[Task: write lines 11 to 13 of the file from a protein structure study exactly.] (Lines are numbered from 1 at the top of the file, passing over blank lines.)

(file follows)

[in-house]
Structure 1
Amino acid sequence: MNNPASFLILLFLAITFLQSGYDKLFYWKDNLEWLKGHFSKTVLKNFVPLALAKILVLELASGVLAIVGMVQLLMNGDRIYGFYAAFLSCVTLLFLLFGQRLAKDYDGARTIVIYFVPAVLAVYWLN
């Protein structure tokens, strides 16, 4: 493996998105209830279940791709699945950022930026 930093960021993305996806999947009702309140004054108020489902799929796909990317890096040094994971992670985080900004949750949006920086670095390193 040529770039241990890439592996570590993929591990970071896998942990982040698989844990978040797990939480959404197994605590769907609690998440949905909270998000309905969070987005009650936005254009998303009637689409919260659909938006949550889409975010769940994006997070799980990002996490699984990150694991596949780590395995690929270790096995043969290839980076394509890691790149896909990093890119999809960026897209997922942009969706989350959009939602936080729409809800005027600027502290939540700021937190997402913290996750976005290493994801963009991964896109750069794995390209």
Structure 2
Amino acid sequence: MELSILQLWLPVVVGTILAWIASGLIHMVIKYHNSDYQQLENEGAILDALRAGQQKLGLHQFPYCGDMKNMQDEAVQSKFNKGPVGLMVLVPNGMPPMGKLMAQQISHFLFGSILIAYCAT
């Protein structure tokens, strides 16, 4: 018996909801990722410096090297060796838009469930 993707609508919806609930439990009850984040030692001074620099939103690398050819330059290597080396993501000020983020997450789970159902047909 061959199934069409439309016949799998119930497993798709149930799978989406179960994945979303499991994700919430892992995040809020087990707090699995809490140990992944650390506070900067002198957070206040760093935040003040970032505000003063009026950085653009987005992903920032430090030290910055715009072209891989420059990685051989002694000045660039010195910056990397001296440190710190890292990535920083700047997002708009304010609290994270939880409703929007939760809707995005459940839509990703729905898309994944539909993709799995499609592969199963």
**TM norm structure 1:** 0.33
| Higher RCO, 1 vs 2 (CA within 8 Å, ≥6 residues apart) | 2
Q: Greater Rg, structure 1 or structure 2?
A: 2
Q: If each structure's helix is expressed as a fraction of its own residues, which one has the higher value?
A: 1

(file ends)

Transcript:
A: 2
Q: If each structure's helix is expressed as a fraction of its own residues, which one has the higher value?
A: 1